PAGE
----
A Day in Kumpur

H
Hannah Clift 18 May 2017

The village of Kumpur, Dhading is just 75 kilometers from Kathmandu, but more often than not it’s been without access to reliable information from the government. Until very recently, any visitors to this small community could only reach it by crossing a nearly 155m long tuin (a rope and pulley aerial ropeway) over the Trishuli River. Just this year it was finally replaced by the Ministry of Federal Affairs and Local Development with a suspension bridge making it a bit easier for the Citizen Helpdesk team when we arrived on April 12th for a community meeting.

Community Frontline Associate (CFA) Shankar Shrestha who was to host the meeting prepared a clearing for the nearly 50 community members who were beginning to gather – all but 7 were women. Representatives from the police, National Society for Earthquake Technology (NSET), Safer Migration (SaMi), and a radio-journalist joined the group.

After introductions, citizens immediately began voicing concerns. Even a full two years after earthquakes devastated Nepal there was no shortage of complaints about aid and reconstruction difficulties. Many of those who had received government grants still found them insufficient to rebuild and a lack of trained masons slowed progress for others. These issues were handled competently by NSET representatives who answered questions, distributed posters displaying criteria for rebuilding homes, and promised to connect community members with masons.

This meeting was landmark, however, in that it was one of the first meetings since Citizen Helpdesk formally announced its focus on foreign labor migration in Nepal.

Fifteen households at the meeting had a family member working or who had worked abroad – or they themselves had gone. Almost all of them went to Gulf countries or Malaysia, and many received lower salaries than those promised by the agencies. Only four women had paperwork for their husbands or relatives abroad.

One mother eagerly shared her story. Her son left for Malaysia nearly a decade ago, and for 9 months everything went well: he contacted her and his family frequently, was reportedly in good health, and sent one remittance. All of a sudden, communication ceased. Her attempts to find out what happened to him left her even more confused. The manpower agency told her they had no record of any Nepali working in construction in Malaysia. She had no way to contact the company in Malaysia and no idea how to begin the process of finding her son. All of the paperwork went with her son or remains with the manpower agency; the only thing she has of him is a single photo.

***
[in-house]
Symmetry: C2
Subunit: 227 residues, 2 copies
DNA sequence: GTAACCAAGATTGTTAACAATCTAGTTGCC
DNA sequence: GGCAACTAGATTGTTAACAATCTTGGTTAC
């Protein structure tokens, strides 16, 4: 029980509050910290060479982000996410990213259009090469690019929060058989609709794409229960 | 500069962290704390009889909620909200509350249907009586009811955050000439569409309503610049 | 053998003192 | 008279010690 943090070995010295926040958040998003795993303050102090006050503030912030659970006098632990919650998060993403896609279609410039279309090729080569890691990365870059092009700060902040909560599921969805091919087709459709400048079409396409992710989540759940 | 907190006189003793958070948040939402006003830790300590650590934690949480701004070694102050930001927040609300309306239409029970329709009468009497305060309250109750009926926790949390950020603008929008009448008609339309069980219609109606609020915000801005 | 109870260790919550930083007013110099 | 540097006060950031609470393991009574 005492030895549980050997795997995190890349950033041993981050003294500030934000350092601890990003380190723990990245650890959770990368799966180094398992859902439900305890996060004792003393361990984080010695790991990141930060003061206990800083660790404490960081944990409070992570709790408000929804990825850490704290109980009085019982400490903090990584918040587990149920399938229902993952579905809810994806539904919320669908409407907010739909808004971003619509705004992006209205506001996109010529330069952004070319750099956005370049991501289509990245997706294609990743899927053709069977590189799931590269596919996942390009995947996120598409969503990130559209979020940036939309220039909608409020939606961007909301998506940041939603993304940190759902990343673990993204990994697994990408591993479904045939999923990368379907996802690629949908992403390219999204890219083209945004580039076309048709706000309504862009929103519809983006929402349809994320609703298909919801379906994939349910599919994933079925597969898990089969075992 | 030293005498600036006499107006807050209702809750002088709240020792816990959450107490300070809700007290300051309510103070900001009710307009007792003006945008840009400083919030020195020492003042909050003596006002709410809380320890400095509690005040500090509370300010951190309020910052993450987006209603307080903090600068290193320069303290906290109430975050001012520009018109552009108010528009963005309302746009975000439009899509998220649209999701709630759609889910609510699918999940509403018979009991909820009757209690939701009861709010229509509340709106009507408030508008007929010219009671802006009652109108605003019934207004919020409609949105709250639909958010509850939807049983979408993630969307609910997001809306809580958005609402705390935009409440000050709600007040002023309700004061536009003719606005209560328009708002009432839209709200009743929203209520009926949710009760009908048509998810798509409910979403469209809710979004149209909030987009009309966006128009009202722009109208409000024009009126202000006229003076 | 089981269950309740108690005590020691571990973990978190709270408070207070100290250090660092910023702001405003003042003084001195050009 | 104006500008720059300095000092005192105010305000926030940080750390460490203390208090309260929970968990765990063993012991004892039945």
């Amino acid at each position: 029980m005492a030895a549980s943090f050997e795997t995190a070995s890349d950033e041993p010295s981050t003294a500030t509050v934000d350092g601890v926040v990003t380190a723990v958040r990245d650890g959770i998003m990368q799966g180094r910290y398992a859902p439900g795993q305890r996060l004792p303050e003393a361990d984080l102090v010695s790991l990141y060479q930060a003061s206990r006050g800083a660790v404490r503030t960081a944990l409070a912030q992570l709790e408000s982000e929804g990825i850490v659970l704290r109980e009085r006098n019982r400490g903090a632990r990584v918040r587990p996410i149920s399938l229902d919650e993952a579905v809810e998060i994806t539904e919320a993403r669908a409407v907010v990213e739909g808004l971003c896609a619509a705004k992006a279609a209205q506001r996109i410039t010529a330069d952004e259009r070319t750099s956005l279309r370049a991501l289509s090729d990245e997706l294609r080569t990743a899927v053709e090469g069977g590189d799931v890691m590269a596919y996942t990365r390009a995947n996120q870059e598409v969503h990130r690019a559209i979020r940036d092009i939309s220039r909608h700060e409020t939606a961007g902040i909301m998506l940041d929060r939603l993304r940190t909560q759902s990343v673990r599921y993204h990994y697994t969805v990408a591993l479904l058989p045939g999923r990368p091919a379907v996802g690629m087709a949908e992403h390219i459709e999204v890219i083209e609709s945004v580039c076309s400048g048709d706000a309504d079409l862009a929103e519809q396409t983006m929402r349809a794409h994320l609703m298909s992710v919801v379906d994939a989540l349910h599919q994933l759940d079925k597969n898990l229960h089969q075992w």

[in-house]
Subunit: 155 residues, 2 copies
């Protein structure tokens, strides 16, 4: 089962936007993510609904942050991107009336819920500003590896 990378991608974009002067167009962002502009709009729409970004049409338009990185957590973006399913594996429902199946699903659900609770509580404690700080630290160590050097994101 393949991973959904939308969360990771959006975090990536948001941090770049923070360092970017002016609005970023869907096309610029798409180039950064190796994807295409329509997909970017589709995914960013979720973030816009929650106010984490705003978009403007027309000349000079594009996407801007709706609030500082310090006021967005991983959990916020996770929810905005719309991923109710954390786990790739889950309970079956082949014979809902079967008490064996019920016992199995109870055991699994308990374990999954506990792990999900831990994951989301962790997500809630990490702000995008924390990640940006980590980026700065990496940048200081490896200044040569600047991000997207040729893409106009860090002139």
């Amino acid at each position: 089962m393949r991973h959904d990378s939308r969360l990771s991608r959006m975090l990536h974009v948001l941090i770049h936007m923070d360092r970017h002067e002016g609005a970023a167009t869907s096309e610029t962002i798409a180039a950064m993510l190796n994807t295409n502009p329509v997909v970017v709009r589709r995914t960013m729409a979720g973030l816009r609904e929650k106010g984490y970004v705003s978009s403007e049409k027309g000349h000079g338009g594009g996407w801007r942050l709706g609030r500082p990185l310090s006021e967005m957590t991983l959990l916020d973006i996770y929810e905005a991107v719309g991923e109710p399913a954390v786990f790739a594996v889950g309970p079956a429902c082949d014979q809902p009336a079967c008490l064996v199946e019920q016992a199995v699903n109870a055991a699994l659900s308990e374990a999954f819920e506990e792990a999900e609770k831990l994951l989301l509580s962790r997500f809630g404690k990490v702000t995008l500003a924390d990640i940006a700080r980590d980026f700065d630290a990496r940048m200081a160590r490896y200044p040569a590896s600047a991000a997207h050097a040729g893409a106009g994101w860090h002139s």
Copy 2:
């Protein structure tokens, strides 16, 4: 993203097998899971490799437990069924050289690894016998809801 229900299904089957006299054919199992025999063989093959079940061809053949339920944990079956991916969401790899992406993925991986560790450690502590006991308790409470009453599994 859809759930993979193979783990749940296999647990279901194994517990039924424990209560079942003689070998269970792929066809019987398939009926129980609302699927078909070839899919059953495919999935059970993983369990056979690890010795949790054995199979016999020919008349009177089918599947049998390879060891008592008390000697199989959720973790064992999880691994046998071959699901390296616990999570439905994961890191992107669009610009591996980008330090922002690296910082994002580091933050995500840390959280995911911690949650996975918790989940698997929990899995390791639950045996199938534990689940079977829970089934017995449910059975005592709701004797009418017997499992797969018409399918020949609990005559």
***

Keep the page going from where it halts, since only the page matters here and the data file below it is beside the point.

Without answers, a paper trail or even a body she is unable to find closure or access relief funds.

These stories are mild compared to many you can find across Nepal. The reality is that there is a severe lack of information and transparency in the process of foreign employment for Nepalis. Citizen Helpdesk in partnership with several other organizations hopes to connect vulnerable Nepali citizens with the services they need to improve this process around the country.

As for the mother, now that her case has been brought to the attention of Safer Migration and our CFAs through the community meeting, she has several people actively working on finding her son. By bringing together civil society organizations like SaMi, LAPSOJ, Center for Social Change (CSC), People Forum and Center for Migration and International Relations (CMIR), as well as the Department of Foreign Employment, we’re seeing even more potential to solve the challenges of foreign employment.

The community meetings are vital to ensuring that everyone in Nepal has access to the necessary information regarding foreign labor migration. Going forward, Citizen Helpdesk will be making this an even greater focus, and community meetings could very well be the right platform for addressing other pervasive issues as well.

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A Day in Kumpur

The village of Kumpur, Dhading is just 75 kilometers from Kathmandu, but more often than not it’s been without access ...

Read More